Smarter Cities: Take aways to take forward.

The subject of Smart Cities is anything but a simple one, more so because most people have their own particular perspective on it. But when put together, at least from the list drawn up at the Smarter Cities Challenge Track at Design Public 4, many of them converge at a handful of challenge sets. Stimulated by case studies of product, service and system designs for cities, presented at the beginning of the session, participants were asked to call out the challenges that they saw were yet to be addressed by them. When we sifted through the list, voted on the most immediate and prioritized the ones that were essential to tackle before all else, we arrived at three

1) social inclusion
2) sustainable land development in growing cities
3) policy landscape for sustainable and equitable development



Participants were then divided into three groups and each group took on a challenge that they addressed by imagining possible partnerships and engagement models. A common thread running through the partnerships developed was the need for stronger more inclusive local governance, either through the role of the mayor, the inclusion of more voices or mechanisms that allow citizens to monitor local governance.

But are the above challenges those that can be solved by the design and innovation of new technologies, or new uses of existing technologies, as one might presume is the pretext of ‘Smart Cities’?

One perspective, offered by discussion leader, Madhav Pai, of Embarq, suggests that there are existing product, technology and service solutions, what remains to be done is ‘mainstreaming’ them.

Another is presented in the next steps that were identified by each of the groups, including an understanding of user needs/priorities in the urban context, sensitizing policy makers as well as civil society, expanding the knowledge of exclusion, building imaginative models and test models, adopting one city as a pilot city, reflecting and refining solutions.

In past editions of Design Public, we have encountered examples of the use of technology to understand user needs and priorities in the context of land development. Sreenath from IBM mentioned several new Indian cities that IBM was working with that are adopting and testing smart solutions. Which of the other next steps can technology lend itself to and are there any measures that need to be taken while doing so?

One necessary approach, developed by Anthony Townsend of Institute for the Future, called the ‘new civic for smart cities’, cautions against installing smart cities from the top down, and encourages and engagement with citizens to so that cities can grow from the bottom up.

At CKS, we have been thinking about the possibility of a user centered systems design approach to Smart Cities. We think for this to happen, we will have to situate ourselves at the intersection of three conceptions of the city and the people and organisations (both government and private) who work within them – the commuter city, the informational city and the habitat city (more on them soon).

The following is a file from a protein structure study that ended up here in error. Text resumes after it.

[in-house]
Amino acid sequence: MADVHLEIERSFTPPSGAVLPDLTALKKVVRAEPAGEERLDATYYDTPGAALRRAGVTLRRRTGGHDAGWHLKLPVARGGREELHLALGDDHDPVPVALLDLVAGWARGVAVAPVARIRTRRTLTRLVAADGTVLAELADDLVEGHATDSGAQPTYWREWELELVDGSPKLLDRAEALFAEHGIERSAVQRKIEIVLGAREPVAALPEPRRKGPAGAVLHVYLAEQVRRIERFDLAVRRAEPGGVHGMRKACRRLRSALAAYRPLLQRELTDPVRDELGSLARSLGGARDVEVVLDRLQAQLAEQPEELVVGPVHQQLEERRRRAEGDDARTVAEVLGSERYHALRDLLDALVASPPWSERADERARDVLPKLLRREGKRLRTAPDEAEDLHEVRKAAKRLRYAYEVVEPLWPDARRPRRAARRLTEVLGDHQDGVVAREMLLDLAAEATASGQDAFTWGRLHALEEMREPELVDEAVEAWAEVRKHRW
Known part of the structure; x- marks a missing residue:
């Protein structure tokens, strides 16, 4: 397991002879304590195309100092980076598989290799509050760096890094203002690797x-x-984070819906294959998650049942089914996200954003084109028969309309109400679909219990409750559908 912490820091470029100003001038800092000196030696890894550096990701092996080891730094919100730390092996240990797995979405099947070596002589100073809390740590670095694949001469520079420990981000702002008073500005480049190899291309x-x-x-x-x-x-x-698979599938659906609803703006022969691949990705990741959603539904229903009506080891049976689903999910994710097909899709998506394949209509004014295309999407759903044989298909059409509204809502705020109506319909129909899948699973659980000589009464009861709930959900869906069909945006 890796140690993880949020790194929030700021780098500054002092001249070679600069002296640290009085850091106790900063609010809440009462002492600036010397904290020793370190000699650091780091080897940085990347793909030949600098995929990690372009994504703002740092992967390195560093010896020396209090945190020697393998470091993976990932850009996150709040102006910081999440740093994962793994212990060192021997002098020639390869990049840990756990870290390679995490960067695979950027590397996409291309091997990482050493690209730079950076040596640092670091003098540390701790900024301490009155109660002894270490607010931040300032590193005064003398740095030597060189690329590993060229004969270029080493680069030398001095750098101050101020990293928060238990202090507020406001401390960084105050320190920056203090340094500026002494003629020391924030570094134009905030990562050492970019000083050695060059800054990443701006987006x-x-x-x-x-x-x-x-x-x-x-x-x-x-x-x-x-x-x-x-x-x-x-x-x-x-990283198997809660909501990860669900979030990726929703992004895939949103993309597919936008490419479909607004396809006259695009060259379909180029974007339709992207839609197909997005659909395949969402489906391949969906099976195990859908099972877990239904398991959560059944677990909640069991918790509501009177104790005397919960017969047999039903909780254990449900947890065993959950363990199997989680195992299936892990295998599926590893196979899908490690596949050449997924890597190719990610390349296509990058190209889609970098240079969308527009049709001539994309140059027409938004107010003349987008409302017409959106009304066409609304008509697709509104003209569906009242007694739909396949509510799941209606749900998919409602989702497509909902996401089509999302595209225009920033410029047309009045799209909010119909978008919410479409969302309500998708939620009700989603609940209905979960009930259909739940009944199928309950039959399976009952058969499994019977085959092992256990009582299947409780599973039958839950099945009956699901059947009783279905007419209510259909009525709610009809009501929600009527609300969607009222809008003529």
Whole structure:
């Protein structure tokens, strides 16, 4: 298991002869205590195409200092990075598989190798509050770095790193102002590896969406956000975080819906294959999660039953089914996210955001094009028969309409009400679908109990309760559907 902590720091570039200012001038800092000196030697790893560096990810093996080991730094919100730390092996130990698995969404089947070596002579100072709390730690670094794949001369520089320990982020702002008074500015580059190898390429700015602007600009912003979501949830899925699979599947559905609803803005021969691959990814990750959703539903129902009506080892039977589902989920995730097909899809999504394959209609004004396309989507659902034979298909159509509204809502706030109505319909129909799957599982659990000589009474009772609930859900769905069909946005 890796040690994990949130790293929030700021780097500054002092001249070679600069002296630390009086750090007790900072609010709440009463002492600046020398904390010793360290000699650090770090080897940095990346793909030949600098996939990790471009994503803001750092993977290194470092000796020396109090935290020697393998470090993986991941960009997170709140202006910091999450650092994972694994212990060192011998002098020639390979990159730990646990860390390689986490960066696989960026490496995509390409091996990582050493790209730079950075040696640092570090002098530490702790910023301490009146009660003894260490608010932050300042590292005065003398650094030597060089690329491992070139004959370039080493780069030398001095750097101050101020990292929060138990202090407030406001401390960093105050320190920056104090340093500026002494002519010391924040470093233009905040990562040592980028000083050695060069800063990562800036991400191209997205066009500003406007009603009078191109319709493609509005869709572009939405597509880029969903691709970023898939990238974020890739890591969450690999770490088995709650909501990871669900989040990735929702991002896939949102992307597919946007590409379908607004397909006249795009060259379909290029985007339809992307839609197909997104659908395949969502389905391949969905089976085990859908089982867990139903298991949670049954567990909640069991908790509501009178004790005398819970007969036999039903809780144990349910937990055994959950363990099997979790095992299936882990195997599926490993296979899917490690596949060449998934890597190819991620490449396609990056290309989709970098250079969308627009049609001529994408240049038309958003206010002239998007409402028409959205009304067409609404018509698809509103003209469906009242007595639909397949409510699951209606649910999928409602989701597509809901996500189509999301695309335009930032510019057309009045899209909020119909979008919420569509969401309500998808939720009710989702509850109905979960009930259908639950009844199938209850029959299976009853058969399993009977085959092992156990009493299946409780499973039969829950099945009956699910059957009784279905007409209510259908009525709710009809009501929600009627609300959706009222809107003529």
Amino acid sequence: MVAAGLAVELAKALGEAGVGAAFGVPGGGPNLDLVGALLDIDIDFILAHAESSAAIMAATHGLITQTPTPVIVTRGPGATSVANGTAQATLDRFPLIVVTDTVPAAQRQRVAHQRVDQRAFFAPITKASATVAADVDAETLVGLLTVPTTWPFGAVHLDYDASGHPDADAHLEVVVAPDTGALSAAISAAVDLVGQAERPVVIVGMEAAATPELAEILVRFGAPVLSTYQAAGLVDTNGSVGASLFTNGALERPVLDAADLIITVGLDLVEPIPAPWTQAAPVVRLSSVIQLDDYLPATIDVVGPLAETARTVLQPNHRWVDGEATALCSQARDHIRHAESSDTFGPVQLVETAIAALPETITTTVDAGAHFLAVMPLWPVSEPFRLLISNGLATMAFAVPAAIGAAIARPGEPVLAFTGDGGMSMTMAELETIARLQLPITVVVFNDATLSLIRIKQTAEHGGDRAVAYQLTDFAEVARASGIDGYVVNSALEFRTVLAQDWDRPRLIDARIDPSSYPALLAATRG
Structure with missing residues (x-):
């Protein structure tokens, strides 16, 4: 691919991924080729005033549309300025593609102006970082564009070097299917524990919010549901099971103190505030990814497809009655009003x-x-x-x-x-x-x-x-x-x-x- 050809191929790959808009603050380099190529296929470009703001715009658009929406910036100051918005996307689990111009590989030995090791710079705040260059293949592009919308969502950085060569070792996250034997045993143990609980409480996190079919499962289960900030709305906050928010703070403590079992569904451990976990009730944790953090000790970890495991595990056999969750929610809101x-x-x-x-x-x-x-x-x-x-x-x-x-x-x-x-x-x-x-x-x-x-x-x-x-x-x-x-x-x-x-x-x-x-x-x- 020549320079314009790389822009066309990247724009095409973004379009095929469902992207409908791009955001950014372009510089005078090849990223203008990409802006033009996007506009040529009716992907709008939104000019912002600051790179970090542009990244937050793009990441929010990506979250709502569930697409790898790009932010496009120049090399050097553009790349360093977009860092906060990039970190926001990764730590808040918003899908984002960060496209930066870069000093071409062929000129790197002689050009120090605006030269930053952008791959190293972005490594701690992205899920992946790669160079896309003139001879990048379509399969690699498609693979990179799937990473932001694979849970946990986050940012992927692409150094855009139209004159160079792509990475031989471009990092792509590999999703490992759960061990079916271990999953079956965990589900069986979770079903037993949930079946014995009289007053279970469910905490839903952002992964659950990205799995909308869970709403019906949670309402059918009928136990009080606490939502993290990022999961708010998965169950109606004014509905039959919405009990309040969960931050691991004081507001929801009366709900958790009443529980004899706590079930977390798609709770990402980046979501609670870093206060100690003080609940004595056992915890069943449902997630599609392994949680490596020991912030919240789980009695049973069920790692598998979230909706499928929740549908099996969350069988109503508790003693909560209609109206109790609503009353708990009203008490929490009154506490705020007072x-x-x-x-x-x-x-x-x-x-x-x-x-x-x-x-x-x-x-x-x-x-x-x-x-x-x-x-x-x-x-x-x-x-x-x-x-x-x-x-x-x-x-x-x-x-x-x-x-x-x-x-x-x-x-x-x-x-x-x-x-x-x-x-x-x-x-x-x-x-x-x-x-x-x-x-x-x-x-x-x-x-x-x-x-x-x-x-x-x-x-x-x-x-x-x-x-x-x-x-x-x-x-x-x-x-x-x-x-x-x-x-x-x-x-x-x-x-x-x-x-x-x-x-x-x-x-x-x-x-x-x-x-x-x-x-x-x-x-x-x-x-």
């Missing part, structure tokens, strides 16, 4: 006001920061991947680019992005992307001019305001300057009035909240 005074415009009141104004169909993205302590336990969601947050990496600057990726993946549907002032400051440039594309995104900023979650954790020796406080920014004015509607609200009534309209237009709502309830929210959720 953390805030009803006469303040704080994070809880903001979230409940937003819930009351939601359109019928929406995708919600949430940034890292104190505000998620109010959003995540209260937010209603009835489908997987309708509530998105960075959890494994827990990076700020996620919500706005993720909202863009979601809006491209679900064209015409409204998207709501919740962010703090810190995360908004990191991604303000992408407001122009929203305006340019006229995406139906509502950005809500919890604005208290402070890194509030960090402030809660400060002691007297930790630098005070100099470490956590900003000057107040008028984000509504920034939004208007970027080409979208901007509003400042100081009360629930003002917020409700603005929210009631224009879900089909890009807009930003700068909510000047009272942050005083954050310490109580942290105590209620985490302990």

Calling your interest, attention, feedback and comments.

About Namrata Mehta

Namrata Mehta or @littlenemrut, is Director of Innovation at the Center for Knowledge Societies, New Delhi. She has an undergraduate degree in Sociology from Delhi University, and a postgraduate diploma in Experimental Media Arts, from Srishti School of Art, Design and Technology, Bangalore.
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2 Responses to Smarter Cities: Take aways to take forward.

  1. Aditya says:

    i agree that there is a problem of starting point or topos or ethical framework for smarter cities, particularly given the extreme asymmetries of urban india at present. there is the potential for disenfranchisement and debasement of human life in urban india which is very different and potentially more extreme than anything we see in rural india. i think you’ve mentioned some approaches that could work, but i think more work needs to be done in establishing what are those baselines against which policy or developmental work can or should be done.

    as i recall there was something of a cleavage and separation of the smarter cities group into three camps: the habitation guys, the commuter transport guys and the mobile services guys. it seems to me that rethinking the smarter cities paradigm as a problem of realigning these three camps is something worth thinking and talking more about.

    finally, i must admit to being somewhat unclear as to what the appropriate or effective engagement models might be. could you say more about that?

  2. Ayesha Vemuri says:

    you make some interesting points, namrata, and i largely agree with the idea that we need stronger local governance and more participatory decision making. but, with a city as large as delhi, which has a population larger than that of many countries, and is home to so many different factions and classes, where do we begin? technology driven platforms, which are the most commonly posited solutions, would exclude many voices because of a lack of access and illiteracy. this then tends to mean that decisions are always top-down and therefore also tend to serve the interests of the urban elite (who can make their voices heard). any thoughts on this?

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